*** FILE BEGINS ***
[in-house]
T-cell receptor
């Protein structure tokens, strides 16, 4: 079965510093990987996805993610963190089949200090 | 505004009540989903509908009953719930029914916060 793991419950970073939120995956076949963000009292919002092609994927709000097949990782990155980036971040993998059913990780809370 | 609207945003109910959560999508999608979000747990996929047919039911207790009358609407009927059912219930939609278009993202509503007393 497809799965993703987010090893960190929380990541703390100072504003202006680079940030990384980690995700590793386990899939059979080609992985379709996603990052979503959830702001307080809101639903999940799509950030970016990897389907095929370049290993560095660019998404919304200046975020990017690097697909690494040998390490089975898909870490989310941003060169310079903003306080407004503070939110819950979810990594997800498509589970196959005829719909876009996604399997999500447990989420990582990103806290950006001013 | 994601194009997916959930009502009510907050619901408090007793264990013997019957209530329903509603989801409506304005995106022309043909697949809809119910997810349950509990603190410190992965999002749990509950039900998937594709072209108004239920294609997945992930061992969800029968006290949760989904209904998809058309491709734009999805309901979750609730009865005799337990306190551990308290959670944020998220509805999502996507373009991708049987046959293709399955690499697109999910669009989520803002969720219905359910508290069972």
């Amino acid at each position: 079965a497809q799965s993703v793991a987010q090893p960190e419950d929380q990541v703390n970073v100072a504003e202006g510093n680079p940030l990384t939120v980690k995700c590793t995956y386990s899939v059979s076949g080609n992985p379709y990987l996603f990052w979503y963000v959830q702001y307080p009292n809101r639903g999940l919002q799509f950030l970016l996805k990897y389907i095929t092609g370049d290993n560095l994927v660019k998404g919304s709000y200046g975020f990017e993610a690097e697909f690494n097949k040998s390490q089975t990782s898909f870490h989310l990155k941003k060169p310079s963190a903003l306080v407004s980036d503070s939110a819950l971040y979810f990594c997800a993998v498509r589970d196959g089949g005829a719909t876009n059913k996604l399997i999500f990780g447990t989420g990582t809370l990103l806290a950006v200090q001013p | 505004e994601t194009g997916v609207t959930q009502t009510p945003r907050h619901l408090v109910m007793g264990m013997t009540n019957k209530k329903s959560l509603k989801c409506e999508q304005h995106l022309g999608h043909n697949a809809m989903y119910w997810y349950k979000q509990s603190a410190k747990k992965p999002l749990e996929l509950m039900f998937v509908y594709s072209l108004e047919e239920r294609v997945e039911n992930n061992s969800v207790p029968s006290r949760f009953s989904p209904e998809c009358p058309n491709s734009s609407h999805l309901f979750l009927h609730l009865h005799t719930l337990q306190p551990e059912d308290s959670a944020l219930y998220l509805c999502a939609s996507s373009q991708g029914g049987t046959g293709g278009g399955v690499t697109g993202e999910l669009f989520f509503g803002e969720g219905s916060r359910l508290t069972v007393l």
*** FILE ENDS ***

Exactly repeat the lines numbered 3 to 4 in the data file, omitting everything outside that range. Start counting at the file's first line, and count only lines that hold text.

């Protein structure tokens, strides 16, 4: 079965510093990987996805993610963190089949200090 | 505004009540989903509908009953719930029914916060 793991419950970073939120995956076949963000009292919002092609994927709000097949990782990155980036971040993998059913990780809370 | 609207945003109910959560999508999608979000747990996929047919039911207790009358609407009927059912219930939609278009993202509503007393 497809799965993703987010090893960190929380990541703390100072504003202006680079940030990384980690995700590793386990899939059979080609992985379709996603990052979503959830702001307080809101639903999940799509950030970016990897389907095929370049290993560095660019998404919304200046975020990017690097697909690494040998390490089975898909870490989310941003060169310079903003306080407004503070939110819950979810990594997800498509589970196959005829719909876009996604399997999500447990989420990582990103806290950006001013 | 994601194009997916959930009502009510907050619901408090007793264990013997019957209530329903509603989801409506304005995106022309043909697949809809119910997810349950509990603190410190992965999002749990509950039900998937594709072209108004239920294609997945992930061992969800029968006290949760989904209904998809058309491709734009999805309901979750609730009865005799337990306190551990308290959670944020998220509805999502996507373009991708049987046959293709399955690499697109999910669009989520803002969720219905359910508290069972």
């Amino acid at each position: 079965a497809q799965s993703v793991a987010q090893p960190e419950d929380q990541v703390n970073v100072a504003e202006g510093n680079p940030l990384t939120v980690k995700c590793t995956y386990s899939v059979s076949g080609n992985p379709y990987l996603f990052w979503y963000v959830q702001y307080p009292n809101r639903g999940l919002q799509f950030l970016l996805k990897y389907i095929t092609g370049d290993n560095l994927v660019k998404g919304s709000y200046g975020f990017e993610a690097e697909f690494n097949k040998s390490q089975t990782s898909f870490h989310l990155k941003k060169p310079s963190a903003l306080v407004s980036d503070s939110a819950l971040y979810f990594c997800a993998v498509r589970d196959g089949g005829a719909t876009n059913k996604l399997i999500f990780g447990t989420g990582t809370l990103l806290a950006v200090q001013p | 505004e994601t194009g997916v609207t959930q009502t009510p945003r907050h619901l408090v109910m007793g264990m013997t009540n019957k209530k329903s959560l509603k989801c409506e999508q304005h995106l022309g999608h043909n697949a809809m989903y119910w997810y349950k979000q509990s603190a410190k747990k992965p999002l749990e996929l509950m039900f998937v509908y594709s072209l108004e047919e239920r294609v997945e039911n992930n061992s969800v207790p029968s006290r949760f009953s989904p209904e998809c009358p058309n491709s734009s609407h999805l309901f979750l009927h609730l009865h005799t719930l337990q306190p551990e059912d308290s959670a944020l219930y998220l509805c999502a939609s996507s373009q991708g029914g049987t046959g293709g278009g399955v690499t697109g993202e999910l669009f989520f509503g803002e969720g219905s916060r359910l508290t069972v007393l």